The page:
The space race was a cornerstone of the Cold War between Soviets and Americans. But long after America won the ideological race to put humans on the moon, the game has turned into a cooperative venture — with each side providing something the other side lacked.
EVEN BEFORE the collapse of the Soviet Union in the early 1990s, the Soviet space effort was running out of steam. Moscow spent billions of dollars developing its answer to the U.S. space shuttle, a near-carbon copy known as the Buran, Russian for “Snowstorm,” mounted on the powerful Energia rocket.
Unlike the shuttle, the Buran was capable of being flown by remote control as well as by a human crew. But the project was mothballed after just one unmanned test flight in 1988.
InsertArt(937331)If the Americans excelled in getting heavy payloads into orbit, the Russians excelled in keeping humans in orbit for months at a time. The Mir space station’s trouble-plagued latter years may have cast a pall over the West’s perception of Moscow’s space prowess — but virtually every space expert admits that, as recently as the mid-1990s, the Russians were unmatched in the field of long-duration human space flight.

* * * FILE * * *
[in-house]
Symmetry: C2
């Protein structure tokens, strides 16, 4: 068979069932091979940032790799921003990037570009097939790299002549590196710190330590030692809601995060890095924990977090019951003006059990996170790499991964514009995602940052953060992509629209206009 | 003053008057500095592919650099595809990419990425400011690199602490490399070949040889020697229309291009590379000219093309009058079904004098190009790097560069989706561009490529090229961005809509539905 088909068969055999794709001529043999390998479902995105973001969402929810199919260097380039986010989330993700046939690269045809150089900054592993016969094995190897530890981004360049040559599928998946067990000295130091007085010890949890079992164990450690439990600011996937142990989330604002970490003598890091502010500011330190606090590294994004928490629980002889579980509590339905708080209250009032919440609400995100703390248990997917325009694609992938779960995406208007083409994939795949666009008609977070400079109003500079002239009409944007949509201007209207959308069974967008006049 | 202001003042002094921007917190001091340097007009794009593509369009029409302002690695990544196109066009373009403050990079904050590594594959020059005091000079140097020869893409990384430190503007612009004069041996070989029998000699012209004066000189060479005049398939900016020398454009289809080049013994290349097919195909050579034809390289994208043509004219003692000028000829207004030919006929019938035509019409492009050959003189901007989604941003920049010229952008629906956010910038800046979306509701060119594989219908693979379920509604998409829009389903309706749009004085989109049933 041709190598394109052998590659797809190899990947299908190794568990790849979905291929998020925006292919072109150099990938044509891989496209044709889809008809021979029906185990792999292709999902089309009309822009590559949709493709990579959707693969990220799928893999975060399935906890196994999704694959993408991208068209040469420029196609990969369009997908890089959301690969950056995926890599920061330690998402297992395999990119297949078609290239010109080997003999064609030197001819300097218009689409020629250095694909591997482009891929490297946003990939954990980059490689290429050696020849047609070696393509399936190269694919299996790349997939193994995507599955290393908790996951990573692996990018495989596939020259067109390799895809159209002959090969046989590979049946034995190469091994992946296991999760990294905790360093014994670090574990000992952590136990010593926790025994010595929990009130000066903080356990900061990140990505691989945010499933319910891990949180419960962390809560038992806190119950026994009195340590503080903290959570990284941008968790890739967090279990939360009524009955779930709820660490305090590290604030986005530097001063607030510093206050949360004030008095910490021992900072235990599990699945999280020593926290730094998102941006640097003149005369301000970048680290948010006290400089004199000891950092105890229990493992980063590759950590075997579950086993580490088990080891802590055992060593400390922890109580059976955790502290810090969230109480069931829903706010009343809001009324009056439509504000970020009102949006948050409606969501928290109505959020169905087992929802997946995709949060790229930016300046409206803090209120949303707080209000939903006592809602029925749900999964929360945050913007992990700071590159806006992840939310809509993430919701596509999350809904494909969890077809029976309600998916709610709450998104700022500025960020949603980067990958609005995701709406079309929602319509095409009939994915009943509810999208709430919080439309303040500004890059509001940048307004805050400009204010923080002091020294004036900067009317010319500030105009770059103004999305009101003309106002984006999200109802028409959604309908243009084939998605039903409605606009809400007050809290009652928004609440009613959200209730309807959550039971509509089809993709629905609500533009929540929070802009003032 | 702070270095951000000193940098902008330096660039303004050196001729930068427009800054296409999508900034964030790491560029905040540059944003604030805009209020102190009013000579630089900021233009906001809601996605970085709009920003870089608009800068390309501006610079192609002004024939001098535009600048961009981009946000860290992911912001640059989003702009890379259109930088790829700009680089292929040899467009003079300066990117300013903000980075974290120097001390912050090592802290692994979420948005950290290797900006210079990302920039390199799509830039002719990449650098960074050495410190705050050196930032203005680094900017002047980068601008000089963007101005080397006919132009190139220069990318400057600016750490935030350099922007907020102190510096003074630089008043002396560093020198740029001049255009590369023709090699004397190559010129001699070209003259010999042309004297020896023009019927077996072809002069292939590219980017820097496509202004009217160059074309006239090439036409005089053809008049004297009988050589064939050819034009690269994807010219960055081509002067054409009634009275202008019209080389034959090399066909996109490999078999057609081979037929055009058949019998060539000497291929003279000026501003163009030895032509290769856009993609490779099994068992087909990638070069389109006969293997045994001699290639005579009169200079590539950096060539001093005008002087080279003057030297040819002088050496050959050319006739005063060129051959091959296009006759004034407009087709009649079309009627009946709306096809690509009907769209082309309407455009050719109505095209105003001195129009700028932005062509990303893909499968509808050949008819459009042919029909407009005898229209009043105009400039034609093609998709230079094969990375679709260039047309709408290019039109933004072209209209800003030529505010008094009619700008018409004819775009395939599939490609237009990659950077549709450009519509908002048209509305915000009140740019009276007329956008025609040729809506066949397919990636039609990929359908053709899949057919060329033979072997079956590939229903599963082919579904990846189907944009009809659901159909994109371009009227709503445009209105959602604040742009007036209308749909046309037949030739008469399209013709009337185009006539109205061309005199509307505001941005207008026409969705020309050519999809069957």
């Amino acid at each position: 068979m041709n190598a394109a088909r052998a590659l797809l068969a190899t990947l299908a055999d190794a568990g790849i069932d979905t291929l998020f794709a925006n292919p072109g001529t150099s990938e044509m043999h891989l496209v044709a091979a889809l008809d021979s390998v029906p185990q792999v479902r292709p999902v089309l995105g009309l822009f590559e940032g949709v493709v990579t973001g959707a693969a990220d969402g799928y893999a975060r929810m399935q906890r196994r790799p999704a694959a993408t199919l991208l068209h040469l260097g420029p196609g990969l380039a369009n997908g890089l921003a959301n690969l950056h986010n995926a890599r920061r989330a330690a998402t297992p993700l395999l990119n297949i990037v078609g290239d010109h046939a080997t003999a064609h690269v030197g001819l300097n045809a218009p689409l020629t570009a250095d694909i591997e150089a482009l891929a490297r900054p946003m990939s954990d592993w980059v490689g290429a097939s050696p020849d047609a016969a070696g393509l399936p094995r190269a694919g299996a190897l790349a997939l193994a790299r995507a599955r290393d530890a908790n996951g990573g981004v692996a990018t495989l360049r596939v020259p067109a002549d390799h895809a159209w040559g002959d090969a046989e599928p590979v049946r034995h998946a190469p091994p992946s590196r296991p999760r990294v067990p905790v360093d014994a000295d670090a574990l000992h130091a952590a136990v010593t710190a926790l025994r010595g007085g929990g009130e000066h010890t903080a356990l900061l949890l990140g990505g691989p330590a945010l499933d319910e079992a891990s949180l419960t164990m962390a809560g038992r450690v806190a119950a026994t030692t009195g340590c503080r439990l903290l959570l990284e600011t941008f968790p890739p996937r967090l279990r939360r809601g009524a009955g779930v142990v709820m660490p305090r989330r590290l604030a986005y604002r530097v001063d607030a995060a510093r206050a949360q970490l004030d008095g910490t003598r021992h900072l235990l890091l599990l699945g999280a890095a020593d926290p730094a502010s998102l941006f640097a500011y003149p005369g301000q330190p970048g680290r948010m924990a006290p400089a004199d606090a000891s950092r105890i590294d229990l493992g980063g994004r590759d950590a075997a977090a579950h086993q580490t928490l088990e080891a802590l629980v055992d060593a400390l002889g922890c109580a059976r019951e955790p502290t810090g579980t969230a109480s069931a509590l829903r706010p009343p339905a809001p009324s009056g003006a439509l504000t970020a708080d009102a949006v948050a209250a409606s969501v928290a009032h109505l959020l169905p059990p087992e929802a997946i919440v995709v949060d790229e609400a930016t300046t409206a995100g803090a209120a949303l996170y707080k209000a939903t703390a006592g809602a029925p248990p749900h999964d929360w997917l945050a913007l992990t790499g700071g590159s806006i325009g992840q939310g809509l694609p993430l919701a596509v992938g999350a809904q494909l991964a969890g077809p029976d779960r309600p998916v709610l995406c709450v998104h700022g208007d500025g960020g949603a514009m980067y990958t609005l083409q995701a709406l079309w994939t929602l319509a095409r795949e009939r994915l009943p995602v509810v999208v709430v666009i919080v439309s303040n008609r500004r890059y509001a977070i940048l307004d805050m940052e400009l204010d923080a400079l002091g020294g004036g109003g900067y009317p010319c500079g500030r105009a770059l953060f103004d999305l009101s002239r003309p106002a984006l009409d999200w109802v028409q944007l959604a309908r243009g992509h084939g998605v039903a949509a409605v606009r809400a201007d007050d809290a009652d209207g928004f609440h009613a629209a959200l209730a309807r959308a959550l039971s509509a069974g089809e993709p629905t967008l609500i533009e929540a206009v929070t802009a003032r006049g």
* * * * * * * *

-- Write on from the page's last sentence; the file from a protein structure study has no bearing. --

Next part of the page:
“In manned space, the Russians have the finest operational program,” said MirCorp President Jeff Manber, whose privately funded venture kept Mir going for an extra year. “The whole point of ISS (the International Space Station) is for everybody to learn how to do that so that we can go beyond, finally, Earth’s orbit and go back to the moon and on to Mars.”
Today, Russians and Americans almost literally rub elbows at Mission Control, north of Moscow, where NASA operates a computer-packed miniature control room that’s linked to controllers in Houston.
“We’re right here at ground zero, putting the station together,” said Tim Baum, manager of NASA’s Houston Support Group at Russia’s Mission Control. The group’s two dozen members serve as liaisons between Russian and American controllers.
Now the challenges are changing along with the new station: The United States and more than a dozen other international partners are busily building on Russia’s expertise, and NASA is no longer transferring huge sums of money to Moscow. Some Russians worry that they’ll be relegated to a back seat in space exploration, a field where they once led the world.
But astronaut Bill McArthur, NASA’s director of operations for Russia, says the one-time space rival will remain a valued partner.
“What I think we’re going to see is that the work for everyone will grow correspondingly, that the Russians will continue to be involved and play just as critical a role because the systems in their segment have such an important role in ISS,” he said. “It’ll be more that (the U.S. role) grows than that the Russian involvement is diminished.”